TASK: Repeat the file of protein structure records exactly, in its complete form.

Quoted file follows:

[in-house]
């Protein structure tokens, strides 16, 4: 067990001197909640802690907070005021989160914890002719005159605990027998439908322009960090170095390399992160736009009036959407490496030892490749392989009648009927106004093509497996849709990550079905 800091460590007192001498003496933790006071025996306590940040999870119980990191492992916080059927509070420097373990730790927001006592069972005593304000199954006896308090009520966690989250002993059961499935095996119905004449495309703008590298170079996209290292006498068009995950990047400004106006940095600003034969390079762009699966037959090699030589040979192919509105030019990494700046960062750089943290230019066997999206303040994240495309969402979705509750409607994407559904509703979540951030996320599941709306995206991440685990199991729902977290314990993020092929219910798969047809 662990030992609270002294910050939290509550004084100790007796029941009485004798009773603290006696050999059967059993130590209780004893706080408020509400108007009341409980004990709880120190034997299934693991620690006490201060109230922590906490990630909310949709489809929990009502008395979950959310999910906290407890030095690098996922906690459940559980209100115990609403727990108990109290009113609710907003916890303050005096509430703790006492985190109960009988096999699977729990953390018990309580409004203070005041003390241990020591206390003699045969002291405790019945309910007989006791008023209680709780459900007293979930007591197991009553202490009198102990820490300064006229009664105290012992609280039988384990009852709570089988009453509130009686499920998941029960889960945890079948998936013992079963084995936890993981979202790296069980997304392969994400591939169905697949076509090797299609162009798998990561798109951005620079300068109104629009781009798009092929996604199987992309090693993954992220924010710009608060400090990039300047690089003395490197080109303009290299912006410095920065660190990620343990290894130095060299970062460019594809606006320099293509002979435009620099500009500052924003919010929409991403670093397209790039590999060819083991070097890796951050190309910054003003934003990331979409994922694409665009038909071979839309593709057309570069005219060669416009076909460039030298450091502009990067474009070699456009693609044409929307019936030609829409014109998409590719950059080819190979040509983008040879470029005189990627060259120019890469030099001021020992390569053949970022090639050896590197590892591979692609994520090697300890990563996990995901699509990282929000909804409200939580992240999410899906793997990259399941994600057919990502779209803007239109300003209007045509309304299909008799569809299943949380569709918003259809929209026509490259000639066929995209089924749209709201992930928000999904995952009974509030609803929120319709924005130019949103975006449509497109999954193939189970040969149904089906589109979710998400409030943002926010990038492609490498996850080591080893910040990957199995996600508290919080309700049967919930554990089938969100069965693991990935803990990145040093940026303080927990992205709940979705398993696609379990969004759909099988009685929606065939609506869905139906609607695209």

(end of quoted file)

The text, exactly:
[in-house]
């Protein structure tokens, strides 16, 4: 067990001197909640802690907070005021989160914890002719005159605990027998439908322009960090170095390399992160736009009036959407490496030892490749392989009648009927106004093509497996849709990550079905 800091460590007192001498003496933790006071025996306590940040999870119980990191492992916080059927509070420097373990730790927001006592069972005593304000199954006896308090009520966690989250002993059961499935095996119905004449495309703008590298170079996209290292006498068009995950990047400004106006940095600003034969390079762009699966037959090699030589040979192919509105030019990494700046960062750089943290230019066997999206303040994240495309969402979705509750409607994407559904509703979540951030996320599941709306995206991440685990199991729902977290314990993020092929219910798969047809 662990030992609270002294910050939290509550004084100790007796029941009485004798009773603290006696050999059967059993130590209780004893706080408020509400108007009341409980004990709880120190034997299934693991620690006490201060109230922590906490990630909310949709489809929990009502008395979950959310999910906290407890030095690098996922906690459940559980209100115990609403727990108990109290009113609710907003916890303050005096509430703790006492985190109960009988096999699977729990953390018990309580409004203070005041003390241990020591206390003699045969002291405790019945309910007989006791008023209680709780459900007293979930007591197991009553202490009198102990820490300064006229009664105290012992609280039988384990009852709570089988009453509130009686499920998941029960889960945890079948998936013992079963084995936890993981979202790296069980997304392969994400591939169905697949076509090797299609162009798998990561798109951005620079300068109104629009781009798009092929996604199987992309090693993954992220924010710009608060400090990039300047690089003395490197080109303009290299912006410095920065660190990620343990290894130095060299970062460019594809606006320099293509002979435009620099500009500052924003919010929409991403670093397209790039590999060819083991070097890796951050190309910054003003934003990331979409994922694409665009038909071979839309593709057309570069005219060669416009076909460039030298450091502009990067474009070699456009693609044409929307019936030609829409014109998409590719950059080819190979040509983008040879470029005189990627060259120019890469030099001021020992390569053949970022090639050896590197590892591979692609994520090697300890990563996990995901699509990282929000909804409200939580992240999410899906793997990259399941994600057919990502779209803007239109300003209007045509309304299909008799569809299943949380569709918003259809929209026509490259000639066929995209089924749209709201992930928000999904995952009974509030609803929120319709924005130019949103975006449509497109999954193939189970040969149904089906589109979710998400409030943002926010990038492609490498996850080591080893910040990957199995996600508290919080309700049967919930554990089938969100069965693991990935803990990145040093940026303080927990992205709940979705398993696609379990969004759909099988009685929606065939609506869905139906609607695209």